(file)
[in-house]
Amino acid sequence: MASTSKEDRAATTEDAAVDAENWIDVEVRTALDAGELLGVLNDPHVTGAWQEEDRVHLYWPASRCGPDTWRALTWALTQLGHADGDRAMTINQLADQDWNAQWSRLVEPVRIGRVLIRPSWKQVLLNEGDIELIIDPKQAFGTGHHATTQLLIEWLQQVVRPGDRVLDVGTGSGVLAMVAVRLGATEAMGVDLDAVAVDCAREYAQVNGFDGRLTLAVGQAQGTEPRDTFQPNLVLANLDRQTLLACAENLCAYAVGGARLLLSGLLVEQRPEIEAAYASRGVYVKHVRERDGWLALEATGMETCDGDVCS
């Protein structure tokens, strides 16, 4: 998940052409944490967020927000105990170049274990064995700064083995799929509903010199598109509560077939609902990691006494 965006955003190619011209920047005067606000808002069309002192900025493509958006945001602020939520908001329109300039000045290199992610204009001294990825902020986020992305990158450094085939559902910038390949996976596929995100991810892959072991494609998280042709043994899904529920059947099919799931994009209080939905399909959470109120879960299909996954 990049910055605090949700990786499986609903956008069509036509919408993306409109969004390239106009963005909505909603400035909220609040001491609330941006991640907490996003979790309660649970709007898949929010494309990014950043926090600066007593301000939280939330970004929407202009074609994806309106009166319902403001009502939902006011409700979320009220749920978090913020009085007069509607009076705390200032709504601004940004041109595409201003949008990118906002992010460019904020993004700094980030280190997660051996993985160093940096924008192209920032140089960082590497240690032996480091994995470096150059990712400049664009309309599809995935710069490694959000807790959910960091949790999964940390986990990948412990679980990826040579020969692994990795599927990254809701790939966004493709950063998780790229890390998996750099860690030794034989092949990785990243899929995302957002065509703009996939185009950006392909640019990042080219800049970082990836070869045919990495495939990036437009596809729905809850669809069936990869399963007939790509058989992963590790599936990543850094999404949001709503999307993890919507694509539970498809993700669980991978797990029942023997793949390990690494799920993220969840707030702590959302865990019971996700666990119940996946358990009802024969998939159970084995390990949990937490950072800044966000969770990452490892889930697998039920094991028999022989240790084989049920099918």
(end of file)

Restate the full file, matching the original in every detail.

[in-house]
Amino acid sequence: MASTSKEDRAATTEDAAVDAENWIDVEVRTALDAGELLGVLNDPHVTGAWQEEDRVHLYWPASRCGPDTWRALTWALTQLGHADGDRAMTINQLADQDWNAQWSRLVEPVRIGRVLIRPSWKQVLLNEGDIELIIDPKQAFGTGHHATTQLLIEWLQQVVRPGDRVLDVGTGSGVLAMVAVRLGATEAMGVDLDAVAVDCAREYAQVNGFDGRLTLAVGQAQGTEPRDTFQPNLVLANLDRQTLLACAENLCAYAVGGARLLLSGLLVEQRPEIEAAYASRGVYVKHVRERDGWLALEATGMETCDGDVCS
């Protein structure tokens, strides 16, 4: 998940052409944490967020927000105990170049274990064995700064083995799929509903010199598109509560077939609902990691006494 965006955003190619011209920047005067606000808002069309002192900025493509958006945001602020939520908001329109300039000045290199992610204009001294990825902020986020992305990158450094085939559902910038390949996976596929995100991810892959072991494609998280042709043994899904529920059947099919799931994009209080939905399909959470109120879960299909996954 990049910055605090949700990786499986609903956008069509036509919408993306409109969004390239106009963005909505909603400035909220609040001491609330941006991640907490996003979790309660649970709007898949929010494309990014950043926090600066007593301000939280939330970004929407202009074609994806309106009166319902403001009502939902006011409700979320009220749920978090913020009085007069509607009076705390200032709504601004940004041109595409201003949008990118906002992010460019904020993004700094980030280190997660051996993985160093940096924008192209920032140089960082590497240690032996480091994995470096150059990712400049664009309309599809995935710069490694959000807790959910960091949790999964940390986990990948412990679980990826040579020969692994990795599927990254809701790939966004493709950063998780790229890390998996750099860690030794034989092949990785990243899929995302957002065509703009996939185009950006392909640019990042080219800049970082990836070869045919990495495939990036437009596809729905809850669809069936990869399963007939790509058989992963590790599936990543850094999404949001709503999307993890919507694509539970498809993700669980991978797990029942023997793949390990690494799920993220969840707030702590959302865990019971996700666990119940996946358990009802024969998939159970084995390990949990937490950072800044966000969770990452490892889930697998039920094991028999022989240790084989049920099918």